1 hr

17. Tomer Sharon of Goldman Sachs Dollars to Donuts

    • Management

In this episode of Dollars to Donuts, I talk with Tomer Sharon, the Head of User Research and Metrics at Goldman Sachs. We talk about how to assess potential hires for user research positions, infrastructure for capturing and searching a body of data, and developing a practice inside a willing, yet large, organization.

Some parts of kind of pure research are creative. Probably the biggest one is translating a set of questions that a team has into okay, what are we going to do to get answers? If it was that easy to come up with an answer to that, then anybody could do that well. That’s not the case. A lot of people are having a lot of trouble with that part. So, I think that’s a creative part. You’re not going to see a beautiful painting coming out of that, but it is creative. – Tomer Sharon

Show Links



* Tomer on LinkedIn

* Tomer on Twitter

* Goldman Sachs

* WeWork

* It’s OUR Research on Twitter

* It’s OUR Research on Amazon

* Validating Product Ideas Through Lean User Research

* Goldman Sachs Private Wealth Management

* Marcus by Goldman Sachs

* UserZoom

* UserTesting

* OKRs

* ResearchOps

* Democratizing UX (and Polaris)

* Masters In Human Factors at Bentley

* Adam Neumann, WeWork CEO

* Key Experience Indicators: How to decide what to measure? (Medium)

* Google’s HEART Framework for Measuring UX

* Face of Finance NYC 2019

* User Research London 2019



Follow Dollars to Donuts on Twitter and help other listeners find the podcast by leaving a review on iTunes.



Transcript

Steve Portigal: Greetings, humans! Thanks for listening to Dollars to Donuts, the podcast where I talk to people who lead user research in their organization.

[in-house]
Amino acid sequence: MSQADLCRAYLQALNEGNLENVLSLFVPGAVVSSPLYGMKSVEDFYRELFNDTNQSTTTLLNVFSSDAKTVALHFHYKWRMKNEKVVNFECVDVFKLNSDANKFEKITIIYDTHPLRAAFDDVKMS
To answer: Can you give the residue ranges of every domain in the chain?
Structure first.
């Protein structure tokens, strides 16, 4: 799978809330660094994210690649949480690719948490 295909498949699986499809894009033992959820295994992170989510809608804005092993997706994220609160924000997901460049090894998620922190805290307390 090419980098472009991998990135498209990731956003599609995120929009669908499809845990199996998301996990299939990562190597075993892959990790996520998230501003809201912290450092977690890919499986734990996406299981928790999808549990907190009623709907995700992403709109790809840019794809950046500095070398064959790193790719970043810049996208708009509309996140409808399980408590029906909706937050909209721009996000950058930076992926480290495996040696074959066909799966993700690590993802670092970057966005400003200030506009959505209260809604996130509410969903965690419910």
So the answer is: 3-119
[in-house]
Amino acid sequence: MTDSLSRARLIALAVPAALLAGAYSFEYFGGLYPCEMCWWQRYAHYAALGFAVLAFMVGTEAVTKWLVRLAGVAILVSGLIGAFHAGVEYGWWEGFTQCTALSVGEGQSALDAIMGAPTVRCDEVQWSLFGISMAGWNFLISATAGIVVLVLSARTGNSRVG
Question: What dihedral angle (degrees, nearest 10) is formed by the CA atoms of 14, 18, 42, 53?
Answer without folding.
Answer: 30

Over the past while I’ve been putting together a household emergency kit. It’s primarily shopping exercise, and I’ve ordered a hand crank and solar powered radio, a replacement for matches, latex gloves, bandages, and air filter masks (which we made use of during a period of dangerously poor air quality recently). The last step was getting some food that will last – cans of soup and stew, crackers, single-serve breakfast cereals. There’s something satisfying about acquiring a bunch of stuff and storing it away, somewhat organized. And that led to a stray thought that I noticed – “Oh,

In this episode of Dollars to Donuts, I talk with Tomer Sharon, the Head of User Research and Metrics at Goldman Sachs. We talk about how to assess potential hires for user research positions, infrastructure for capturing and searching a body of data, and developing a practice inside a willing, yet large, organization.

Some parts of kind of pure research are creative. Probably the biggest one is translating a set of questions that a team has into okay, what are we going to do to get answers? If it was that easy to come up with an answer to that, then anybody could do that well. That’s not the case. A lot of people are having a lot of trouble with that part. So, I think that’s a creative part. You’re not going to see a beautiful painting coming out of that, but it is creative. – Tomer Sharon

Show Links



* Tomer on LinkedIn

* Tomer on Twitter

* Goldman Sachs

* WeWork

* It’s OUR Research on Twitter

* It’s OUR Research on Amazon

* Validating Product Ideas Through Lean User Research

* Goldman Sachs Private Wealth Management

* Marcus by Goldman Sachs

* UserZoom

* UserTesting

* OKRs

* ResearchOps

* Democratizing UX (and Polaris)

* Masters In Human Factors at Bentley

* Adam Neumann, WeWork CEO

* Key Experience Indicators: How to decide what to measure? (Medium)

* Google’s HEART Framework for Measuring UX

* Face of Finance NYC 2019

* User Research London 2019



Follow Dollars to Donuts on Twitter and help other listeners find the podcast by leaving a review on iTunes.



Transcript

Steve Portigal: Greetings, humans! Thanks for listening to Dollars to Donuts, the podcast where I talk to people who lead user research in their organization.

Over the past while I’ve been putting together a household emergency kit. It’s primarily shopping exercise, and I’ve ordered a hand crank and solar powered radio, a replacement for matches, latex gloves, bandages, and air filter masks (which we made use of during a period of dangerously poor air quality recently). The last step was getting some food that will last – cans of soup and stew, crackers, single-serve breakfast cereals. There’s something satisfying about acquiring a bunch of stuff and storing it away, somewhat organized. And that led to a stray thought that I noticed – “Oh,

1 hr

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